Anybody who has flipped through The New Yorker or Playboy during the past 50 years has encountered the cartoons of Gahan Wilson, instantly recognizable for their black humor and bizarre and often grisly images. Mr. Wilson is frequently referred to as “a master of the macabre,” and rightfully so. It is, therefore, something of a surprise that his Sag Harbor house turns out to be not a crumbling, overgrown castle with grotesque monsters glaring from the windows, but rather a bright, charming place with neither a dungeon nor a ghoul in sight.
Last week, Mr. Wilson was present at the John Jermain Memorial Library in Sag Harbor for a screening of Steven-Charles Jaffe’s documentary “Gahan Wilson: Born Dead, Still Weird.” According to his wife, Nancy Winters, a writer, “Gahan will wear his cape — which he never likes to do.”
The film’s title refers to Mr. Wilson’s entrance into the world, which the cartoonist has described thus: “Gahan Wilson, nephew of a lion tamer, descendant of P.T. Barnum, was born dead. After 10 minutes of rigorous alternate dunkings in hot and iced water he reluctantly came to life. He suspects there may have been brain damage.”
Not to be outdone, Ms. Winters, asked how long she has been living in Sag Harbor, said, “I’ve been coming here since I was a baby. I was swept out to sea when I was 6 at the Prospect Hotel, which used to be on Shelter Island. I was walking out, got caught in the tide, and I was too shy to cry for help.” Neither Mr. Wilson nor Ms. Winters seems the worse for these early ordeals.
Mr. Wilson’s unconventional birth took place in Evanston, Ill., in 1930. His father was an executive with the Acme Steel Company, and both parents were talented amateur artists. As far back as he can remember, Mr. Wilson loved to draw. “I never had any other ambition,” he said over iced coffee and a muffin. “That’s what I wanted to be, that’s what I was going to do.”
After a year in a conventional high school, Mr. Wilson transferred to the Todd School for Boys in Woodstock, Ill. Roger Hill, who became headmaster in 1921, rejected examinations and traditional academics in favor of practical experience. “It was a wonderful school,” Mr. Wilson recalls. “They encouraged you in whatever direction you wanted to go.” Another famous alumnus was Orson Welles, who often returned after graduating to see student productions, stroll the campus, and dine with the students.
Mr. Wilson went from high school to the School of the Art Institute of Chicago, where he earned a B.F.A. degree and, in 2012, an honorary Doctorate of Fine Arts. His many other awards include the National Cartoonists Society’s Milton Caniff Lifetime Achievement Award and the 2004 Life Achievement Award from the World Fantasy Convention — the other winner that year was Stephen King. Mr. Wilson also designed the award for the World Fantasy Convention, a bust of H.P. Lovecraft, the writer in whose memory the first convention was held. “It actually looks like him,” said Mr. Wilson.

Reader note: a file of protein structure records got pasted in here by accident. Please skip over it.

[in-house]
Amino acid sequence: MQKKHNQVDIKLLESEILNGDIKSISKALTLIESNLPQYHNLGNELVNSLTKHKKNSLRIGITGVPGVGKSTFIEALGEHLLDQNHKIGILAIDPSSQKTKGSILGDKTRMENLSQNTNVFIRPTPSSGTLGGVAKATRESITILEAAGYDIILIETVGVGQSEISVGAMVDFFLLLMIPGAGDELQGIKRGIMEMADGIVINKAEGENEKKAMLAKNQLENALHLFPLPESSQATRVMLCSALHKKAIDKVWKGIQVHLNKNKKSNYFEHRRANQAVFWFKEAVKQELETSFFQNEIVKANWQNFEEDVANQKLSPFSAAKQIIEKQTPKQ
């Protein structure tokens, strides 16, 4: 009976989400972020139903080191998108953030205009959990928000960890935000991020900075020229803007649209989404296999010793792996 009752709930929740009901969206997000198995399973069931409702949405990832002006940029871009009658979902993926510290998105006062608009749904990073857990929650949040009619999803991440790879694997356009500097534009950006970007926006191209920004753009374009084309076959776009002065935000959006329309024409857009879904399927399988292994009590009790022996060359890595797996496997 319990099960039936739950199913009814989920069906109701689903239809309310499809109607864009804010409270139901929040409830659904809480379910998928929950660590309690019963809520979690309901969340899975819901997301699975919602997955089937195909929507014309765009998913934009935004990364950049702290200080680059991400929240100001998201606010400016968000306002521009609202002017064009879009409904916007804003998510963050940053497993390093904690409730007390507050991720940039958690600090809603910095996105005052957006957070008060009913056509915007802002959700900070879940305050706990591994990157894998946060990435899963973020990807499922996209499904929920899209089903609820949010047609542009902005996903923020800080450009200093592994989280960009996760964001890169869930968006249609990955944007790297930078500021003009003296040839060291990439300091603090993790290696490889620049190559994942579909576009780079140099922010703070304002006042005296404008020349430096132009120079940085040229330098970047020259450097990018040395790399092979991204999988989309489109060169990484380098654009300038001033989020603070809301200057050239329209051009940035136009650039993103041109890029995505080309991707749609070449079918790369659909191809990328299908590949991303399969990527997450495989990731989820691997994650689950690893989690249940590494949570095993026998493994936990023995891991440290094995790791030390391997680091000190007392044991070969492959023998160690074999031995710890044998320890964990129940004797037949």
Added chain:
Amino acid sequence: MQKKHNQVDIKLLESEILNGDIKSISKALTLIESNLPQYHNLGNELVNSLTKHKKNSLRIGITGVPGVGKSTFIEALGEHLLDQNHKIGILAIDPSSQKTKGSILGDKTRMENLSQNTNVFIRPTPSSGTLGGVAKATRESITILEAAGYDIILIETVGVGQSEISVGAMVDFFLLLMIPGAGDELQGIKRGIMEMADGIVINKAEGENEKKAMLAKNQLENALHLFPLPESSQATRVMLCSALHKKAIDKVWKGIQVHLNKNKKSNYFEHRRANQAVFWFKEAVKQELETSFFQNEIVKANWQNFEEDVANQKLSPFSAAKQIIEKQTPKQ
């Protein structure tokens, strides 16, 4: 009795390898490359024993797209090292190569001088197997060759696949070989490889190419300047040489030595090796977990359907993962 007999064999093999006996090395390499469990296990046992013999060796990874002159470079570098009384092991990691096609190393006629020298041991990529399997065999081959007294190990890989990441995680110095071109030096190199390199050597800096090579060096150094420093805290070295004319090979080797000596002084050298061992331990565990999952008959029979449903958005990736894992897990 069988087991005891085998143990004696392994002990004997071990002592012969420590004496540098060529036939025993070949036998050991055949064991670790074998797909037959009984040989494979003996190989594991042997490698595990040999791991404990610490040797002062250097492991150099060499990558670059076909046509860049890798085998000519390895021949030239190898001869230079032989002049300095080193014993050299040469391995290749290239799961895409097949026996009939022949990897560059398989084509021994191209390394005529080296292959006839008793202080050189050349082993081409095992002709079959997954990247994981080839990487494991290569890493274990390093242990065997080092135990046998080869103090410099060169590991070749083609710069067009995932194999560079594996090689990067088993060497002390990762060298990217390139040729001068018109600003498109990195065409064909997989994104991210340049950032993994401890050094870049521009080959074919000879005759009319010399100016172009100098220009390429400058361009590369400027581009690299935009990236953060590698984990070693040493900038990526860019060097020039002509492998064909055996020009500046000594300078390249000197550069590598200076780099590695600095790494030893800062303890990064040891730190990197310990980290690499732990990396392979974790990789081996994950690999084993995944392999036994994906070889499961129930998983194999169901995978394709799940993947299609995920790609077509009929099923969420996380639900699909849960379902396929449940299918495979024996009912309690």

After college, “It was pretty clear that if you wanted to do magazine cartoons, you had to go to New York,” recalled Mr. Wilson. He started out with small magazines, where cartoonists were expected to bring, and present, their work. “They either go for it, or they don’t,” Mr. Wilson said. “But within a few months, I was able to support myself. I’ve had a lot of lucky breaks.”
Even at The New Yorker, cartoonists, no matter how eminent, bring their work in each week for the editor’s judgment. It’s a very sociable world, according to Mr. Wilson. “Cartoonists all know each other. There’s no competition, no plotting or claiming to belong to a superior school of cartooning. Experimentation is welcome by everybody.”
Mr. Wilson’s first Playboy cartoon appeared in the December 1957 issue. In 2009, Fantagraphics Books published “Gahan Wilson: Fifty Years of Playboy Cartoons,” a three-volume, slip-cased set. “He hasn’t missed an issue in half a century,” wrote Hugh Hefner, editor and publisher of Playboy, in an introduction to the first volume. “He is, in many respects, one of a kind. The readers love him, and so do I.” While his palette expanded over the years — it was Mr. Hefner’s idea to limit it at first — Mr. Wilson’s drawing style and demented sense of humor were fully formed from the very beginning.
Not surprisingly, among the artists Mr. Wilson most admires are Goya, Daumier, and Hogarth. He also recalled a used bookstore in Evanston where, at the age of 15, he discovered Punch, a satirical British weekly magazine established in 1841. It was most influential in the mid-19th century, when it helped to coin the term “cartoon” in its modern sense as a humorous illustration. “I bought the entire shelf, for 15 cents an issue. It was an enormous influence on me.”
Asked how he gets an idea, Mr. Wilson said it was difficult to describe the process. “You start with a subject — maybe something in the newspaper. It’s a free-floating thing. You sort of go into a trance. It’s really fun and occasionally downright thrilling.” And, yes, he does laugh at his own cartoons. “Whether it’s laugh or be scared, if it doesn’t do it for me, it won’t do it for anyone else.”
As the conversation wound down, Ms. Winters appeared with a small piece of paper, approximately 2 by 4 inches, torn from a memo pad. Sketched in ink was an overhead view of a railroad station platform and tracks Mr. Wilson made while waiting for a train in Westport, Conn. “Something on the tracks caught his attention,” said Ms. Winters, though it was difficult to tell what it was from the drawing. “It’s a sketch for a New Yorker cover,” she added.
“Only if they decide to use it,” Mr. Wilson added. Keep your eyes peeled.